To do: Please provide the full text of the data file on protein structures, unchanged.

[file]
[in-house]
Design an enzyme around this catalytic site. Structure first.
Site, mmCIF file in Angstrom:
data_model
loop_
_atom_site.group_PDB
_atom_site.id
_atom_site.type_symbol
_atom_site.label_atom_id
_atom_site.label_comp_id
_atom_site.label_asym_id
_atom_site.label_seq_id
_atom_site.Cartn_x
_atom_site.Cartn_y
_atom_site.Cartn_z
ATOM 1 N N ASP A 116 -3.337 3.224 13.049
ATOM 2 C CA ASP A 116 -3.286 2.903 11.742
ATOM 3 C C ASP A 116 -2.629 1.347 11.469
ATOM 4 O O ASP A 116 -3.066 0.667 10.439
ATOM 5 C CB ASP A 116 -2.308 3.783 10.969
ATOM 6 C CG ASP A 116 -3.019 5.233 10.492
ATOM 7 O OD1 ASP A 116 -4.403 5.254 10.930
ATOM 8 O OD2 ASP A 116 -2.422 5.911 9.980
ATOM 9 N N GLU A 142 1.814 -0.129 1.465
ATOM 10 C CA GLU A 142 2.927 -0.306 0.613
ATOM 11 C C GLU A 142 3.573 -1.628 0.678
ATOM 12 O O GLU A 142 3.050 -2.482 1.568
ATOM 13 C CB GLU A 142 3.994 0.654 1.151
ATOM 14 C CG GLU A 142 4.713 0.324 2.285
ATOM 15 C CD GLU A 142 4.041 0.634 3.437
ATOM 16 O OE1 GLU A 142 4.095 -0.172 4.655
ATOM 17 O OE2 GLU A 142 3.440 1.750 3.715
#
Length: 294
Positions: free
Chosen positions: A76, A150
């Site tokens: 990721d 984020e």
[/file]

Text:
[in-house]
Design an enzyme around this catalytic site. Structure first.
Site, mmCIF file in Angstrom:
data_model
loop_
_atom_site.group_PDB
_atom_site.id
_atom_site.type_symbol
_atom_site.label_atom_id
_atom_site.label_comp_id
_atom_site.label_asym_id
_atom_site.label_seq_id
_atom_site.Cartn_x
_atom_site.Cartn_y
_atom_site.Cartn_z
ATOM 1 N N ASP A 116 -3.337 3.224 13.049
ATOM 2 C CA ASP A 116 -3.286 2.903 11.742
ATOM 3 C C ASP A 116 -2.629 1.347 11.469
ATOM 4 O O ASP A 116 -3.066 0.667 10.439
ATOM 5 C CB ASP A 116 -2.308 3.783 10.969
ATOM 6 C CG ASP A 116 -3.019 5.233 10.492
ATOM 7 O OD1 ASP A 116 -4.403 5.254 10.930
ATOM 8 O OD2 ASP A 116 -2.422 5.911 9.980
ATOM 9 N N GLU A 142 1.814 -0.129 1.465
ATOM 10 C CA GLU A 142 2.927 -0.306 0.613
ATOM 11 C C GLU A 142 3.573 -1.628 0.678
ATOM 12 O O GLU A 142 3.050 -2.482 1.568
ATOM 13 C CB GLU A 142 3.994 0.654 1.151
ATOM 14 C CG GLU A 142 4.713 0.324 2.285
ATOM 15 C CD GLU A 142 4.041 0.634 3.437
ATOM 16 O OE1 GLU A 142 4.095 -0.172 4.655
ATOM 17 O OE2 GLU A 142 3.440 1.750 3.715
#
Length: 294
Positions: free
Chosen positions: A76, A150
């Site tokens: 990721d 984020e």